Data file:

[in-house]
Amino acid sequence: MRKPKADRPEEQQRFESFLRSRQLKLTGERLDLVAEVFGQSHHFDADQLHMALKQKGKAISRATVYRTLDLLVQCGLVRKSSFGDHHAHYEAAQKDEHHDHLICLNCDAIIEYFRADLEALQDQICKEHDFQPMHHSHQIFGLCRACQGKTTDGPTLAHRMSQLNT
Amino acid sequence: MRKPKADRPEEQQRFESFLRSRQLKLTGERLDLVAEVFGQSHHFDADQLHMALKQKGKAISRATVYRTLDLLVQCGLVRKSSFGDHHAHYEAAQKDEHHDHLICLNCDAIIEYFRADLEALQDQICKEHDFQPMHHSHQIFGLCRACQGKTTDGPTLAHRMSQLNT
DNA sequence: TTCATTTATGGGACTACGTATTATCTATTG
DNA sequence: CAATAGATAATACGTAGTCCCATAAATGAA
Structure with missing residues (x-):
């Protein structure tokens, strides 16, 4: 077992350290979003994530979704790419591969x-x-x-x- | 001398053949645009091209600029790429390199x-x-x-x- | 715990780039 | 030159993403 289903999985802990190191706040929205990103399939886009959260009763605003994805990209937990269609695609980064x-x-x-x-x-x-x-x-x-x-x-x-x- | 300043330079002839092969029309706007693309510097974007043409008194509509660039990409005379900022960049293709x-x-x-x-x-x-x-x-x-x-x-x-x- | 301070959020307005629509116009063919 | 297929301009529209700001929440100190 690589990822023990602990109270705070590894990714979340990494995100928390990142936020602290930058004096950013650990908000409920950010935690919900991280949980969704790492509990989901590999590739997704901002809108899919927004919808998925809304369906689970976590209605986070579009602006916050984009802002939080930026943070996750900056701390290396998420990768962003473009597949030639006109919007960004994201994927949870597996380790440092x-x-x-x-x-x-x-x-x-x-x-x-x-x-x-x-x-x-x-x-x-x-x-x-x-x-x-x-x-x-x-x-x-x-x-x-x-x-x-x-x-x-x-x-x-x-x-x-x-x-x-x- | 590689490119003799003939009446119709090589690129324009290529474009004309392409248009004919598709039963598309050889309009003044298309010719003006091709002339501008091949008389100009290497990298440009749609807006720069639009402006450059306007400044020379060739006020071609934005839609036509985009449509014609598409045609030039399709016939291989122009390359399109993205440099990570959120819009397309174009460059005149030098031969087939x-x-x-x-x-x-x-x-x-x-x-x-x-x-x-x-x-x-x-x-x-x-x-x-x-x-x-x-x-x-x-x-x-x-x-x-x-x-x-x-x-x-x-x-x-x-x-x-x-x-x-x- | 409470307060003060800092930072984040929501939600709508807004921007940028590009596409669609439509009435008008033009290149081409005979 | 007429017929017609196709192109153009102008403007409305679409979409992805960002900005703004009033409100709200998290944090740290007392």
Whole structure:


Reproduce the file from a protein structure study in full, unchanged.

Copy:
[in-house]
Amino acid sequence: MRKPKADRPEEQQRFESFLRSRQLKLTGERLDLVAEVFGQSHHFDADQLHMALKQKGKAISRATVYRTLDLLVQCGLVRKSSFGDHHAHYEAAQKDEHHDHLICLNCDAIIEYFRADLEALQDQICKEHDFQPMHHSHQIFGLCRACQGKTTDGPTLAHRMSQLNT
Amino acid sequence: MRKPKADRPEEQQRFESFLRSRQLKLTGERLDLVAEVFGQSHHFDADQLHMALKQKGKAISRATVYRTLDLLVQCGLVRKSSFGDHHAHYEAAQKDEHHDHLICLNCDAIIEYFRADLEALQDQICKEHDFQPMHHSHQIFGLCRACQGKTTDGPTLAHRMSQLNT
DNA sequence: TTCATTTATGGGACTACGTATTATCTATTG
DNA sequence: CAATAGATAATACGTAGTCCCATAAATGAA
Structure with missing residues (x-):
């Protein structure tokens, strides 16, 4: 077992350290979003994530979704790419591969x-x-x-x- | 001398053949645009091209600029790429390199x-x-x-x- | 715990780039 | 030159993403 289903999985802990190191706040929205990103399939886009959260009763605003994805990209937990269609695609980064x-x-x-x-x-x-x-x-x-x-x-x-x- | 300043330079002839092969029309706007693309510097974007043409008194509509660039990409005379900022960049293709x-x-x-x-x-x-x-x-x-x-x-x-x- | 301070959020307005629509116009063919 | 297929301009529209700001929440100190 690589990822023990602990109270705070590894990714979340990494995100928390990142936020602290930058004096950013650990908000409920950010935690919900991280949980969704790492509990989901590999590739997704901002809108899919927004919808998925809304369906689970976590209605986070579009602006916050984009802002939080930026943070996750900056701390290396998420990768962003473009597949030639006109919007960004994201994927949870597996380790440092x-x-x-x-x-x-x-x-x-x-x-x-x-x-x-x-x-x-x-x-x-x-x-x-x-x-x-x-x-x-x-x-x-x-x-x-x-x-x-x-x-x-x-x-x-x-x-x-x-x-x-x- | 590689490119003799003939009446119709090589690129324009290529474009004309392409248009004919598709039963598309050889309009003044298309010719003006091709002339501008091949008389100009290497990298440009749609807006720069639009402006450059306007400044020379060739006020071609934005839609036509985009449509014609598409045609030039399709016939291989122009390359399109993205440099990570959120819009397309174009460059005149030098031969087939x-x-x-x-x-x-x-x-x-x-x-x-x-x-x-x-x-x-x-x-x-x-x-x-x-x-x-x-x-x-x-x-x-x-x-x-x-x-x-x-x-x-x-x-x-x-x-x-x-x-x-x- | 409470307060003060800092930072984040929501939600709508807004921007940028590009596409669609439509009435008008033009290149081409005979 | 007429017929017609196709192109153009102008403007409305679409979409992805960002900005703004009033409100709200998290944090740290007392």
Whole structure: